Friday, July 29, 2011

San Leonardo Lakes-Carson National Forest, Pecos Wilderness

Our first full day in Truchas, we decided to hike to the San Leonardo Lakes in the Sangre de Cristo Mountains. We headed out of Truchas and turned down Forest Road 207,a good,although sometimes narrow gravel road, and drove through the small farming village of El Valle and then on into the Carson National Forest.A short ways before the Trampas Campground we turned off onto Forest Road 639,crossed the Rio Trampas and drove a steep mile to our trailhead.Be forewarned- it is obvious that this low maintenance,dirt road turns into a muddy mess probably even after a light rain. It was a bit of challenge even under dry conditions. Four wheel drive is an absolute necessity if there is even a forecast of rain or snow.
    There is a small parking area at the trailhead and several steep berms that we initially had to hike over.The trail is an old road at first, and perhaps people had been still using it as such,hence the berms to prevent illegal vehicle entry into the Pecos Wilderness.This is not a heavily traveled or maintained trail. There was abundant downfall and many,many crossings of the little Rio San Leonardo. When the trail finally levels out after a steep climb of about 3 1/2 miles, we found ourselves in meadow area with the mountain cliffs straight ahead. We also lost the trail. After scrambling about on what turned out be the right hill,but without finding the trail, and entertaining some thoughts of turning back, we sensibly returned to the meadow area to find that a sharp turn in the trail had been concealed by large fallen fir.So remember if you run out of tread,you've probably missed a switchback.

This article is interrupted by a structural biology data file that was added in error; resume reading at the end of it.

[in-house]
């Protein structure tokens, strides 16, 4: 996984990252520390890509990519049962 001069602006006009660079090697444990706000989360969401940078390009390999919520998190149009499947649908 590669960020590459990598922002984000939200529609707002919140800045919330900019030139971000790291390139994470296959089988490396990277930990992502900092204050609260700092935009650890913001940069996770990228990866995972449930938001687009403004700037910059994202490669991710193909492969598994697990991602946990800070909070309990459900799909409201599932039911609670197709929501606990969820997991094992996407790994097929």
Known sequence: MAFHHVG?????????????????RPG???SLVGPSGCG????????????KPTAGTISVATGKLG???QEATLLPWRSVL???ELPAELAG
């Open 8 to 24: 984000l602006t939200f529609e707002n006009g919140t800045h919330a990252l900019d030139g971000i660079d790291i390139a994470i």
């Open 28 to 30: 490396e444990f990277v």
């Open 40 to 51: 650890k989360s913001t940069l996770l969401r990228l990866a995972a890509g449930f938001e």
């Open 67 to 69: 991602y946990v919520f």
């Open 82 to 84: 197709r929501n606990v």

This last part of the trail was fairly short but very steep, and the storm clouds (and the attendant drop in temperature) that very suddenly appeared weren't helping our mood much either.But, as we trudged through lingering snowdrifts, the trail leveled off,the clouds parted, and the warm sun shone down,gifting us with an awe inspiring vision of these pristine alpine lakes surrounded by massive gray cliffs streaked with snow. I was so glad we had persevered after losing the trail. We lingered for awhile on the upper lake shoreline, taking many pictures and just"drinking it all in" as they say. The hike back seemed a little bit rougher than going up, probably because of our very tired legs.We made it.This was my third hike to an alpine lake in the Sangres and I can't imagine it ever getting old.

Corrales,Placitas,Jemez-New Mexico wineries

When we arrived in Albuquerque( before going to Truchas), we visted several wineries in the Corrales/ Rio Rancho area. When we left we went the long way around, first to Placitas ,a small but growing village on the northeast side, where we visited the very rustic Anazasi Fields winery. We then headed out towards the west and visited the Ponderosa winery and vineyards. It was a busy little spot that Saturday with happy visitors and many of the owners dogs wandering about.The Jemez River had decent flow,but it was obvious that the area was painfully dry as well.It wasn't a big surprise when the large fires broke out in the area a couple of weeks later. We got a off on the wrong road because of a detour in Los Alamos, but finally got on our away,across the Rio Grande, and on the High Road towards Truchas.

Truchas, New Mexico

We stayed in a 1940's house in Truchas,New Mexico. It's a tiny town about 10 miles past Chimayo on the high road from Santa Fe to Taos. The Rio Truchas and the Rio Quemado are nearby and an acequia burbled about 20 feet from the front door.We almost backed the truck into that ditch on our arrival,but the rest of the trip went more smoothly. The views of the full moon over the 13,000 foot Truchas Peaks were magnificent.We did several nice hikes,visited Taos very briefly, and I did a bit of fishing as well.Truchas lies at about 8000 feet above sea level.Even so, it was obvious it's been really dry there. We were very lucky to be able to enjoy the area when we did,because about a week or so later most of the Carson and Santa Fe forest closed due to active fires and the threat of further fire danger.